Tag Archives: Bed quilt

A Gift for My Brother

A few years ago my brother got married. Sister Cathie and I made a quilt for Brother and his bride. Alas, the marriage didn’t last.

But happier times are here. He recently bought and moved into a new home. I thought that a new home, new start, called for a new quilt. I built a quilt top of simple 8″ hourglass blocks. The block is fun to make and packs a lot of pow with its graphic simplicity and contrast. I used fabrics I still love but am not using much. I framed it with a triple border, and enlisted Cathie to help quilt and bind it. It’s big, about 94″ square, so quilting and binding is a big project.

Last Sunday we visited Brother in his new home and presented his new quilt. It looks even better on his bed.


The Queen’s Medallion

One of the many things I love about medallion quilts is that they’re often square. Their usual symmetry is pleasing to me, and it provides a simple backdrop for the other design elements.

Functionally, square works well for lap quilts, nap quilts, baby quilts, wall-hangings, table mats… But square isn’t the best shape for every purpose. In fact, though king-sized beds are almost square, in the US no other bed sizes are. According to Back to Bed, the most popular mattress size is the queen, at 60″x80″. Even if you add a drop that covers the mattress on three or four sides, the featured part is still the part on top. A quilt fit for a queen would be rectangular, not square.

Remember, your borders don’t have to be symmetrical. To elongate the quilt, you can add borders top and bottom that don’t appear on the left and right. In my Medallion Sew-Along #2 post, I talk about asymmetrical borders. Take a look to refresh your memory.

Here are examples, drawn with EQ7, of queen bed medallion designs. All of them assume a finished quilt size of 90″x110″. This covers the top of the mattress and adds 15″ mattress drop all around.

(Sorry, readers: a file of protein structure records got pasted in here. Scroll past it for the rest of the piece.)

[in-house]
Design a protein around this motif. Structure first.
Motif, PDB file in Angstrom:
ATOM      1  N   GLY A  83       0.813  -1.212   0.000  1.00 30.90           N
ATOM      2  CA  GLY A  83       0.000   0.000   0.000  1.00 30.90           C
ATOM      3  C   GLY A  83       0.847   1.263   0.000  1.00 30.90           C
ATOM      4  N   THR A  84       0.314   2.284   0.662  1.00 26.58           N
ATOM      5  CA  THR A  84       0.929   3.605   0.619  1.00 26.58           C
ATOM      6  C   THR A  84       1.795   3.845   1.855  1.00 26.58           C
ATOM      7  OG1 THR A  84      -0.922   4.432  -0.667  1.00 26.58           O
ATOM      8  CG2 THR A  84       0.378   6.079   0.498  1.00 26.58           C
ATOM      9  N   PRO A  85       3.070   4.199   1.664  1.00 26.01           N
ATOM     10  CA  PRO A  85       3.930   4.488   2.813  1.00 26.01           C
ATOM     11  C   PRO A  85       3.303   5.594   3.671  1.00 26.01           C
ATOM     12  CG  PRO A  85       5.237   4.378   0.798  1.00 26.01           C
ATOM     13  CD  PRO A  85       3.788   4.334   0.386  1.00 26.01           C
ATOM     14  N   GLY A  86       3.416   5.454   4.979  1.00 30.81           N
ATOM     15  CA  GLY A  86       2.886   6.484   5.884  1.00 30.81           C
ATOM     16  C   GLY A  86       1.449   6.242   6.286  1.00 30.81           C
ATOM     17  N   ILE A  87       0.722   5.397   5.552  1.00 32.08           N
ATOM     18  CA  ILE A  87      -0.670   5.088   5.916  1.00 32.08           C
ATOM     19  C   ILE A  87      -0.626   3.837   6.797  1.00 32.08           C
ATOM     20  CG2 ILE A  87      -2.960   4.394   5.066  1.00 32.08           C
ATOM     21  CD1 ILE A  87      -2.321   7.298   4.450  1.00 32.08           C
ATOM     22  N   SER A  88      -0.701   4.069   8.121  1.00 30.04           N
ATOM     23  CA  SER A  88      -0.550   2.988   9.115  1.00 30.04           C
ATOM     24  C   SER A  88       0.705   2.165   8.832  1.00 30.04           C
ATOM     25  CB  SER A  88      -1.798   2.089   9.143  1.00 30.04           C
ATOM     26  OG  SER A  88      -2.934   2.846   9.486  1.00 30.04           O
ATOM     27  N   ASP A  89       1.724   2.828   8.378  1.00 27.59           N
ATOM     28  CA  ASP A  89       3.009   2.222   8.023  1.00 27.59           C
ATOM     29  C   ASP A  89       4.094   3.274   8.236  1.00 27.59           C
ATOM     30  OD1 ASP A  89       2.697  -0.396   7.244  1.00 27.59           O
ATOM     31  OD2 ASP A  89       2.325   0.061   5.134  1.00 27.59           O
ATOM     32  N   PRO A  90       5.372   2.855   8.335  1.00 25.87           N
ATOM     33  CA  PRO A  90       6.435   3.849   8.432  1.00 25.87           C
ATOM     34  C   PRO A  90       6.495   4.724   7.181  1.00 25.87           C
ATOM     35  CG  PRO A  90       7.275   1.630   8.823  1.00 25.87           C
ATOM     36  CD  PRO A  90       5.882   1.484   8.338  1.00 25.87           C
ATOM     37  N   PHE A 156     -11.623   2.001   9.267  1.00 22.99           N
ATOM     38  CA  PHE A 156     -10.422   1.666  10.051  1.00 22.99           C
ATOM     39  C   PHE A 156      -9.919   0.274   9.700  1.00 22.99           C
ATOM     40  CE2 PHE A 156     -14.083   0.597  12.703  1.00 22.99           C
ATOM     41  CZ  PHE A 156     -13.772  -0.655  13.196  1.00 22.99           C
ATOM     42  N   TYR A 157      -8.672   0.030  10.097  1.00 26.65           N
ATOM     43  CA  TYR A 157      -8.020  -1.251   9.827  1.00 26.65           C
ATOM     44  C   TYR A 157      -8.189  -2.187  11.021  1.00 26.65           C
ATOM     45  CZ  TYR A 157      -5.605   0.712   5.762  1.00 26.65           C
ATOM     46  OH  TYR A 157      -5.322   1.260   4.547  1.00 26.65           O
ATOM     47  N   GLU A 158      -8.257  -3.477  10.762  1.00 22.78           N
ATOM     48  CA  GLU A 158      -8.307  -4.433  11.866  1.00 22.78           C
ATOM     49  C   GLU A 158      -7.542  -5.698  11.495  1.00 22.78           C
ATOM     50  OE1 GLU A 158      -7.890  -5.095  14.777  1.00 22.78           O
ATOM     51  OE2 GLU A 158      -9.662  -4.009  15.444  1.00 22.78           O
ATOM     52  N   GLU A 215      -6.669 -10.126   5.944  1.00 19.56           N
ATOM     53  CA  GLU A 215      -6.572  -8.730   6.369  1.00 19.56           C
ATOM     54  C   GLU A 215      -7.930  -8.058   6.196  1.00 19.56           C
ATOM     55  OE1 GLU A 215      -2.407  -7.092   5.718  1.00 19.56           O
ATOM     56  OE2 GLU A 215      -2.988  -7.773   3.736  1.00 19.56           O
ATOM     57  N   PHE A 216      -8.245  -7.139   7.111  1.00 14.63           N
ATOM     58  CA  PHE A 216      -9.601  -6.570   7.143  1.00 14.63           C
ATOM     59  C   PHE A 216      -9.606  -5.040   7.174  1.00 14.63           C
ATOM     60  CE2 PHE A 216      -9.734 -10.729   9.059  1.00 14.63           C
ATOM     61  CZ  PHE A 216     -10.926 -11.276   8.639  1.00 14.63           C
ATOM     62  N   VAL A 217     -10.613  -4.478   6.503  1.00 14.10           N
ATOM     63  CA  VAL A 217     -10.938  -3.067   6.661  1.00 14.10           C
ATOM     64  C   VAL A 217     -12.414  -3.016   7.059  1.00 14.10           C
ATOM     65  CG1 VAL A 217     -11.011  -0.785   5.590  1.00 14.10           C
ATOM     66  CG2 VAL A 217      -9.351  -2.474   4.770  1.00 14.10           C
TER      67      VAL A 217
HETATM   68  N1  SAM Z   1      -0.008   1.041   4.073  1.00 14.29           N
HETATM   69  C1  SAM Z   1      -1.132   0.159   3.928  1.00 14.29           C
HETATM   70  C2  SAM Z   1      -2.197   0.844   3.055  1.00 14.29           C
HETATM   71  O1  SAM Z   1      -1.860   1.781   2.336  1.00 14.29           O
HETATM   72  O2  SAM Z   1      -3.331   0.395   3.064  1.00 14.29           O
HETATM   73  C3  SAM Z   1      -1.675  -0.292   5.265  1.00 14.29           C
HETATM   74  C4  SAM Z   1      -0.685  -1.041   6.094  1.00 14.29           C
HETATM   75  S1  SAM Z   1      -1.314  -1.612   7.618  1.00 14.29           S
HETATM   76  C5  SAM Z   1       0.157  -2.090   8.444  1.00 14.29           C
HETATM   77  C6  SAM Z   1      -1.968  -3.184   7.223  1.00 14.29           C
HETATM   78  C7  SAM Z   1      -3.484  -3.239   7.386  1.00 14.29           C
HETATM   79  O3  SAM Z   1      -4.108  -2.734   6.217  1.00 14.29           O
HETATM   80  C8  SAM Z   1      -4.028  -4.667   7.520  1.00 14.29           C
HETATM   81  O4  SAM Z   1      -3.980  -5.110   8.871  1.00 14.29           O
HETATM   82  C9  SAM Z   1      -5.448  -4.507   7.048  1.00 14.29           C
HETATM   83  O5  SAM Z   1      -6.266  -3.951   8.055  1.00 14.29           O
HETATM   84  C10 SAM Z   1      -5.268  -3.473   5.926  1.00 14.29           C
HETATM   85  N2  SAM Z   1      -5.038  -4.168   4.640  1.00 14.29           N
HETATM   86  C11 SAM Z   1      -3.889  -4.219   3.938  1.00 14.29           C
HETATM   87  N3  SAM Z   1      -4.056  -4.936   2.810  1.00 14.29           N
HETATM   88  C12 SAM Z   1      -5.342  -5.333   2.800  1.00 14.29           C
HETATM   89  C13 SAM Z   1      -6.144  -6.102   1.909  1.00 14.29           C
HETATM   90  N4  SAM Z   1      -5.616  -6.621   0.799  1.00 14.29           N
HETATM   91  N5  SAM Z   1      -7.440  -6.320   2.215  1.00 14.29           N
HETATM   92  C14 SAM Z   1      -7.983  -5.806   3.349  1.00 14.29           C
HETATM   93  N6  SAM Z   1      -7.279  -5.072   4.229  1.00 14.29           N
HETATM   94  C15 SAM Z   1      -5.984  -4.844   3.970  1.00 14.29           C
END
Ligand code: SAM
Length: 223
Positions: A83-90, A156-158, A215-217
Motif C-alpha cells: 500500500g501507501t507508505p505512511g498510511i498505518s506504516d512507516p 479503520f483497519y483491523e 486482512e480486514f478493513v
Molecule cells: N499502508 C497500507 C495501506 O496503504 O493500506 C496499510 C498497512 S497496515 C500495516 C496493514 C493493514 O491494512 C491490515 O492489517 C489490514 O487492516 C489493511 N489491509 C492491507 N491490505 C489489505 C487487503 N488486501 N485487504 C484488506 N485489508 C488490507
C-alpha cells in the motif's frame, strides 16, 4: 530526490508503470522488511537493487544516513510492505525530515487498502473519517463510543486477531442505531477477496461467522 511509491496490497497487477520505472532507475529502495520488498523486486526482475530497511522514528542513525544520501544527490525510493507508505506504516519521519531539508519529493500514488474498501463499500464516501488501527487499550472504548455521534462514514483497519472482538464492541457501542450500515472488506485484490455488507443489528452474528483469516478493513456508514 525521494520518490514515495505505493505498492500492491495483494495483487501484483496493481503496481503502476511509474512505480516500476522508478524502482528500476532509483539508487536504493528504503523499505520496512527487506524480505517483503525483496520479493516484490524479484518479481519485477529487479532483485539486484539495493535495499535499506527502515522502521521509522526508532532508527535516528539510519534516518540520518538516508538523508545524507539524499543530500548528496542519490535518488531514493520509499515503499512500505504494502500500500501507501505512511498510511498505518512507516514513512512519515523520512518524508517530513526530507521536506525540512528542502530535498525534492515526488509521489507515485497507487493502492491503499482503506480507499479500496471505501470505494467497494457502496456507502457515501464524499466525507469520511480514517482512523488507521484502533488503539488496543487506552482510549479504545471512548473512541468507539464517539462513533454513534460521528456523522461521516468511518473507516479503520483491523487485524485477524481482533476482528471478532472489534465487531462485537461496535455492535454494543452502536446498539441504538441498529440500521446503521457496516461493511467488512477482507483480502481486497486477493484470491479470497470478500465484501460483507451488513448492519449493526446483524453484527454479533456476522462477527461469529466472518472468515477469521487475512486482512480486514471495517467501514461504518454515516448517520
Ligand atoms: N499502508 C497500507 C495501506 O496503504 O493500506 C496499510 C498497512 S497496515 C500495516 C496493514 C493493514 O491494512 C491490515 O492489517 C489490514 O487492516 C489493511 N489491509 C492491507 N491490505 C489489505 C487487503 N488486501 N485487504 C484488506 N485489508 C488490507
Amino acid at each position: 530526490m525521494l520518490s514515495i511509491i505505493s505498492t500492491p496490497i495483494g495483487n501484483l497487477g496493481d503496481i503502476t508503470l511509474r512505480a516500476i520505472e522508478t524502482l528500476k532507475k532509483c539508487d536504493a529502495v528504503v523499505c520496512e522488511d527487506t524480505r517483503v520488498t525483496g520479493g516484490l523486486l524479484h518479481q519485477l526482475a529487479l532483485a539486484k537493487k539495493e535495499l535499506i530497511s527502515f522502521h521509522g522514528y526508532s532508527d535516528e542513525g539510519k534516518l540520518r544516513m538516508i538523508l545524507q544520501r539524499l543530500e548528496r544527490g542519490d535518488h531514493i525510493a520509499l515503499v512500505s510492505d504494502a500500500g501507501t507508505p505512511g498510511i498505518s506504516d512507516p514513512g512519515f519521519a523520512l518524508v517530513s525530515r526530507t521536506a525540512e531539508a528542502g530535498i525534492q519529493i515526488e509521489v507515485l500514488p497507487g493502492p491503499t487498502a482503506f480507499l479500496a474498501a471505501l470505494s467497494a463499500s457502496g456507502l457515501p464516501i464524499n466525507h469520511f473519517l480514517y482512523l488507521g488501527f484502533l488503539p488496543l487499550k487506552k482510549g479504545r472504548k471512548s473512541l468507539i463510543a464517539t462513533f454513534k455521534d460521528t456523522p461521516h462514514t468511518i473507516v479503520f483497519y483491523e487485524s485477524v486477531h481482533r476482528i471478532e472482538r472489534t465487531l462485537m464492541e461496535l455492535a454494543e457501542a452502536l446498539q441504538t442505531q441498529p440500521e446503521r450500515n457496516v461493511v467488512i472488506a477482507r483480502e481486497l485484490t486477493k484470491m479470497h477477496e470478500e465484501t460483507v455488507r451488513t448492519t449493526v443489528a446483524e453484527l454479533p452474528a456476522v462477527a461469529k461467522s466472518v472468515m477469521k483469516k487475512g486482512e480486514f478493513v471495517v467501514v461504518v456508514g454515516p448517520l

The first one shows you a basic format with shapes but no blocks or colors. I think this helps see the concept without distraction. Its center motif is on point, visually lengthening the design even before borders are added. It has more borders top and bottom than on the sides.

The strip border with corner blocks takes the “center” to 60″x80″. Outside that is the drop covering the mattress.

And now with color.

As above, the strip border with corner blocks takes the center to 60″x80″, covering the top of the mattress.

This example uses a rectangular center block with straight setting. It elongates the quilt but maintains the border width symmetry, with same width and style of borders on all sides.

The turquoise strip border between HST and checkerboard borders takes the center to 60″x80″.

A more complex design keeps the central motif on point but stretches it. Like the example above, you can maintain border symmetry this way.

These aren’t intended to be patterns, just illustrations of how you might design for a rectangular bed. And just a note, if I were making a queen-sized quilt, I’d probably design it with drops on just three sides rather than four. And if it were a gift, likely I would make bed pillow cases to go with the quilt.

Have you designed a rectangular medallion quilt? Are there any tricks or hints you’d like to offer?